ATHENS, Ga. (AP) — Linebacker Natrez Patrick says No. 2 Georgia hasn't come close to playing a complete game on defense.
The Bulldogs rank second nationally in scoring average and sixth in average yards allowed. They have trailed just once this season, for 15 seconds against Vanderbilt in a lopsided victory last week, but Patrick isn't impressed.
"There's been a couple games where we felt we could have played better, but that's showing the ceiling that we feel there's still room to grow," Patrick said. "I feel it's a positive thing that we're still working, that we haven't hit that top. Guys know there's still room for improvement."
Georgia (6-0, 4-0 Southeastern Conference) will get a better understanding of where it stands defensively after visiting No. 13 LSU (5-1, 2-1) on Saturday. Tigers running back Nick Brossette averages 96 yards per game, fifth-best in the Southeastern Conference, and has eight rushing touchdowns, three more than the Bulldogs have allowed this year.
Patrick, a fourth-year senior, has been a starter through most of the last three seasons. He knows LSU, despite losing last week at Florida , won't go down easily. The Tigers already have a pair of victories against Top 10 opponents and are 6-0 under coach Ed Orgeron following a loss.
They haven't dropped consecutive games since November 2015.
"It will definitely be a great test for us and a great test for our defense and one that we're going to have to bring our best game," Patrick said. "We're going to have to play our best game in this game."
Georgia got off to a sloppy start last week . Vanderbilt racked up 230 yards in the first half as quarterback Kyle Shurmur completed 10 of 17 passes and converted a pair of long third-down chances.
But the Bulldogs held the Commodores to two field goals before halftime, thanks in part to Jordan Davis stopping a runner on fourth-and-1.
Orgeron said Georgia coach Kirby Smart is able to play his base defensive scheme often because he fields "one of the best defenses in the country."
"He doesn't have to blitz," Orgeron said. "They don't have a lot of sacks (but) they do affect the quarterback. They stop the run. They're big.
"They tackle well. They have big impressive personnel and their corners lock up," Orgeron added. "They can play eight men in the box and they can play man coverage with anybody they want to."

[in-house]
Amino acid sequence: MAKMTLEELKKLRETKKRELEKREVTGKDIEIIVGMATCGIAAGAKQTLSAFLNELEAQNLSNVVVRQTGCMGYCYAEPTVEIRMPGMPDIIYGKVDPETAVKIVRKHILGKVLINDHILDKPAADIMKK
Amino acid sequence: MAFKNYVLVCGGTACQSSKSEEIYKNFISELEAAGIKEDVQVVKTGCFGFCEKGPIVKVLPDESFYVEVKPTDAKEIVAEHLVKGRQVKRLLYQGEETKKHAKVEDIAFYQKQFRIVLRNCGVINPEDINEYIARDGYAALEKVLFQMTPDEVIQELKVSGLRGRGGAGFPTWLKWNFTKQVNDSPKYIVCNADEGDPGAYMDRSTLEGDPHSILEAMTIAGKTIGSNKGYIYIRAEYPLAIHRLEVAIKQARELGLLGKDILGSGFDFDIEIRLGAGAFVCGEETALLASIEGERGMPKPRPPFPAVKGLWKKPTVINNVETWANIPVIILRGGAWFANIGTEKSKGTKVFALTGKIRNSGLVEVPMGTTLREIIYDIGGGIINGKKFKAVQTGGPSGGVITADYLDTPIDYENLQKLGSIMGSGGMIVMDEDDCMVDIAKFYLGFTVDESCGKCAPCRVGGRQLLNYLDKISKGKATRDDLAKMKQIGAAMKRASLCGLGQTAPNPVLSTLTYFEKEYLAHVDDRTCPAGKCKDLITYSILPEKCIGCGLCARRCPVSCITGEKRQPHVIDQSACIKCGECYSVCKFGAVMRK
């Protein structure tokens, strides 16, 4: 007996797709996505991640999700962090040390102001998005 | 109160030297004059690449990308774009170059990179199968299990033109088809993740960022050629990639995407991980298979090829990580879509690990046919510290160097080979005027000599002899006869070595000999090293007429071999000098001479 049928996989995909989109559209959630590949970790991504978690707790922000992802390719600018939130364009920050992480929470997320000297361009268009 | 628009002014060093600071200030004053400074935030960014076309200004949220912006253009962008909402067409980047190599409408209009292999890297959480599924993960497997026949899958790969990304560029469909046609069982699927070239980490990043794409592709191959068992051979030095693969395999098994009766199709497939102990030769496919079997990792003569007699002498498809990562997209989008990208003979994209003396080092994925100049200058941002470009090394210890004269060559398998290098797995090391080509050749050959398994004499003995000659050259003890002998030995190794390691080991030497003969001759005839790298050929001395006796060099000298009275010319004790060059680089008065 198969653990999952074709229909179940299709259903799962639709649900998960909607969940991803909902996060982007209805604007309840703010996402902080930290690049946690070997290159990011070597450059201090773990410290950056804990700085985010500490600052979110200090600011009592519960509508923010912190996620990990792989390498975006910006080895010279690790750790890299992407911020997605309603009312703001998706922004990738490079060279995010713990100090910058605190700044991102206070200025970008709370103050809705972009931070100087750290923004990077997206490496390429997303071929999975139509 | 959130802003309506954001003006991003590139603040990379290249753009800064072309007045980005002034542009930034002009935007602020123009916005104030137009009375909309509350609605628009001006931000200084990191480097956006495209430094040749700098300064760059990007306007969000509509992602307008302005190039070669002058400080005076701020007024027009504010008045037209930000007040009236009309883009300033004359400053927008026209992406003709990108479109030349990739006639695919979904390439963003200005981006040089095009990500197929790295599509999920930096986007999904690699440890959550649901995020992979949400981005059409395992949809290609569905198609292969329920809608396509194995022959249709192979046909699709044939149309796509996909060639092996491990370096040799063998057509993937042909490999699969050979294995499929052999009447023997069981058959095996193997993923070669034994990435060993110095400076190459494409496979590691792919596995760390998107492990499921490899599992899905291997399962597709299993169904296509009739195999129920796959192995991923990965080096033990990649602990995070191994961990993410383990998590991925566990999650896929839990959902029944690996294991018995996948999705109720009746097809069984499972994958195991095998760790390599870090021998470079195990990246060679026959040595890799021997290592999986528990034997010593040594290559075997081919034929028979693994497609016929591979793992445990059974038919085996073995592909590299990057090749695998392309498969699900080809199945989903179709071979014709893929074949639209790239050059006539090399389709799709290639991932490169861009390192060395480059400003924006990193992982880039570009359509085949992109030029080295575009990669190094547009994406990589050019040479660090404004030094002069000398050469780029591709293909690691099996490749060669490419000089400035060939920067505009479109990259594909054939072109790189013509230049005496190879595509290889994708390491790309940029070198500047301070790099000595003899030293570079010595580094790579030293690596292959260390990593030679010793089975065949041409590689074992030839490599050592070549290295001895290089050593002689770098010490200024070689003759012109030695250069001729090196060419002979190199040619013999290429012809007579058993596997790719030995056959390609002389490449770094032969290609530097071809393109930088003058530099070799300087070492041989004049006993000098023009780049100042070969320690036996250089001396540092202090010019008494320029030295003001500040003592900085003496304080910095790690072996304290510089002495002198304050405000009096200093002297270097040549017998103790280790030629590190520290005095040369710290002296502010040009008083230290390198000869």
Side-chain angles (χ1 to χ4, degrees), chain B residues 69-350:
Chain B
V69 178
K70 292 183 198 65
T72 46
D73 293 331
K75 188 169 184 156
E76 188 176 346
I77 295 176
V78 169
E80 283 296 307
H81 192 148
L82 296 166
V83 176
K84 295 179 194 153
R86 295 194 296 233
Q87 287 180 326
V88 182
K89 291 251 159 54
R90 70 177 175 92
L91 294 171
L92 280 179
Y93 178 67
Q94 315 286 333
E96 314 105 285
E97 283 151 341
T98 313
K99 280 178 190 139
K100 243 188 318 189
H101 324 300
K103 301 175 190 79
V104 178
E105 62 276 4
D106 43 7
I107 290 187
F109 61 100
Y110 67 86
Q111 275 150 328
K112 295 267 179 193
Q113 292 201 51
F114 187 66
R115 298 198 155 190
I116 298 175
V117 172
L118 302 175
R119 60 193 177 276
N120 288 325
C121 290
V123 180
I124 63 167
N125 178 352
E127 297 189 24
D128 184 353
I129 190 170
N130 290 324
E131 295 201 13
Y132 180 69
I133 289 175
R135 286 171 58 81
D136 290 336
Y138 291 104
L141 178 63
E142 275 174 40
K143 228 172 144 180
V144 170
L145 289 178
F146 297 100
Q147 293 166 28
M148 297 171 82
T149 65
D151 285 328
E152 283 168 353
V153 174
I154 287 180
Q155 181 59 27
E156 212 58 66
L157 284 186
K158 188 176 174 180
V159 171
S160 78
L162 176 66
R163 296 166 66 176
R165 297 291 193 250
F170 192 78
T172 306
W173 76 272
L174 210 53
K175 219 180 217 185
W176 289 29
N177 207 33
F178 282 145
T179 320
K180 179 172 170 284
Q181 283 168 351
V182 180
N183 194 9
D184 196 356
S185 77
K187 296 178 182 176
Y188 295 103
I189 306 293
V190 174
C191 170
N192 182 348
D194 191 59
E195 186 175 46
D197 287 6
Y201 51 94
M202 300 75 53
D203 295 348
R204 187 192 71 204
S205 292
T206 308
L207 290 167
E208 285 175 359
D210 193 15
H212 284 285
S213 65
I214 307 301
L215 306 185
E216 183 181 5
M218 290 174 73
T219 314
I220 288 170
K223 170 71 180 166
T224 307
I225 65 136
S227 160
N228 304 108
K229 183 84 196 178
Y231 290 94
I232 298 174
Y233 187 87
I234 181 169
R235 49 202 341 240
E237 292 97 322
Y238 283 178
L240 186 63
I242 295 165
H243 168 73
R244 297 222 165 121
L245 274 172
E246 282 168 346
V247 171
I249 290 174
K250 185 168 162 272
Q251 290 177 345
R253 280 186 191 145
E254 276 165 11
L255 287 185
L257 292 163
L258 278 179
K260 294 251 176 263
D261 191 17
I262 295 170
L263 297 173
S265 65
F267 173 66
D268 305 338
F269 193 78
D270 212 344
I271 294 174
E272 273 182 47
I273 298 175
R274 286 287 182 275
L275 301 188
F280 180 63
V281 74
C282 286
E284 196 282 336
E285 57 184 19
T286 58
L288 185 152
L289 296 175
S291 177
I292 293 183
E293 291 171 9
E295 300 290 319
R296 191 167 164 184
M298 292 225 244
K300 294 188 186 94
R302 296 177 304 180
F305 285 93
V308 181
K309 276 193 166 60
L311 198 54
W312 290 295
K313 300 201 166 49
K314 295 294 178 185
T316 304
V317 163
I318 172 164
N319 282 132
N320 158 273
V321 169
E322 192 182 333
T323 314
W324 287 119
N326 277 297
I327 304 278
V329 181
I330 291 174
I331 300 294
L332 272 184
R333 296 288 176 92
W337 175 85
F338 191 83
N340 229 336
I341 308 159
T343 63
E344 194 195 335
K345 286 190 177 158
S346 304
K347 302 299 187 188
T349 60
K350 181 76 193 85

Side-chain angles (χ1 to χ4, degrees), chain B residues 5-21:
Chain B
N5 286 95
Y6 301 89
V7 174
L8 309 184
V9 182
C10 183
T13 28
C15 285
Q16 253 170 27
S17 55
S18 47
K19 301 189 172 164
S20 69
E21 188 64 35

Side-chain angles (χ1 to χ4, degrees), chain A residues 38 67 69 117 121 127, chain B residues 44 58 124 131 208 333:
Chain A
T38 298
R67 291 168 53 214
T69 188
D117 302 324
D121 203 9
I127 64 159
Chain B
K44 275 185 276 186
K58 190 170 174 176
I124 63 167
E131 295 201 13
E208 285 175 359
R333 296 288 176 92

LSU is a tougher opponent in a hostile environment, though Smart believes his team will adapt quickly to the raucous atmosphere at Tiger Stadium.
"It can only get so loud until you can't hear anything, and you cannot hear anything in that stadium," Smart said. "You can't hear anything in a lot of SEC stadiums, so it is what it is. We've just got to go out and execute. We know it's going to be a factor."
Smart wasn't pleased with the performance against Vanderbilt. He believes facing LSU will be a good measuring stick for how tough his team is.
"I think that's something you find out," Smart said. "South Carolina was a very physical game. Missouri was a physical game. Tennessee was a physical game. The SEC is a physical league. So I'm not discounting or discrediting LSU at all. They've got a really physical, big football team. But we're going to find out a lot about our team."
Patrick says Georgia wasn't dominant enough in its last road game, allowing Missouri's four rushing touchdowns in a 43-29 win. The Bulldogs will be without injured defensive end David Marshall, one of their best run stoppers.
"We don't judge the game based off scoreboard, or based off points, or first downs," Patrick said. "We judge the game based off how we feel physically after the game. If we feel we physically imposed our will on the other team, and if we feel we physically dominated the other team, that's when we feel like we've had a good game.
"Anything less is unacceptable, anything less is not the standard."
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